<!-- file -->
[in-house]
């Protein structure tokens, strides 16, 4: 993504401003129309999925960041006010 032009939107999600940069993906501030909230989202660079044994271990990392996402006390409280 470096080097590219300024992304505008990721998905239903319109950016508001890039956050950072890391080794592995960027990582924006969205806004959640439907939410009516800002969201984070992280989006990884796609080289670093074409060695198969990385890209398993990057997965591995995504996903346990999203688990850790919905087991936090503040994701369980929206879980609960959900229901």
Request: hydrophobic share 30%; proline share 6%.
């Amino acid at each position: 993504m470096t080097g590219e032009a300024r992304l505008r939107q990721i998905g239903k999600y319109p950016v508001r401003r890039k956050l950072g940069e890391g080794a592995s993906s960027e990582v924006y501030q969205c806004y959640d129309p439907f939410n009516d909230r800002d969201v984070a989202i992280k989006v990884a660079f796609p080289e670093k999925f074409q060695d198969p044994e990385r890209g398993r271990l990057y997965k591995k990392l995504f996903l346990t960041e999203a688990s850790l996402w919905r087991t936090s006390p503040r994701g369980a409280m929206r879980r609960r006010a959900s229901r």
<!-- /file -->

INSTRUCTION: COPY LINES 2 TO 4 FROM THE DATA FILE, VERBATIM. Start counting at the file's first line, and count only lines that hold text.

């Protein structure tokens, strides 16, 4: 993504401003129309999925960041006010 032009939107999600940069993906501030909230989202660079044994271990990392996402006390409280 470096080097590219300024992304505008990721998905239903319109950016508001890039956050950072890391080794592995960027990582924006969205806004959640439907939410009516800002969201984070992280989006990884796609080289670093074409060695198969990385890209398993990057997965591995995504996903346990999203688990850790919905087991936090503040994701369980929206879980609960959900229901």
Request: hydrophobic share 30%; proline share 6%.
């Amino acid at each position: 993504m470096t080097g590219e032009a300024r992304l505008r939107q990721i998905g239903k999600y319109p950016v508001r401003r890039k956050l950072g940069e890391g080794a592995s993906s960027e990582v924006y501030q969205c806004y959640d129309p439907f939410n009516d909230r800002d969201v984070a989202i992280k989006v990884a660079f796609p080289e670093k999925f074409q060695d198969p044994e990385r890209g398993r271990l990057y997965k591995k990392l995504f996903l346990t960041e999203a688990s850790l996402w919905r087991t936090s006390p503040r994701g369980a409280m929206r879980r609960r006010a959900s229901r």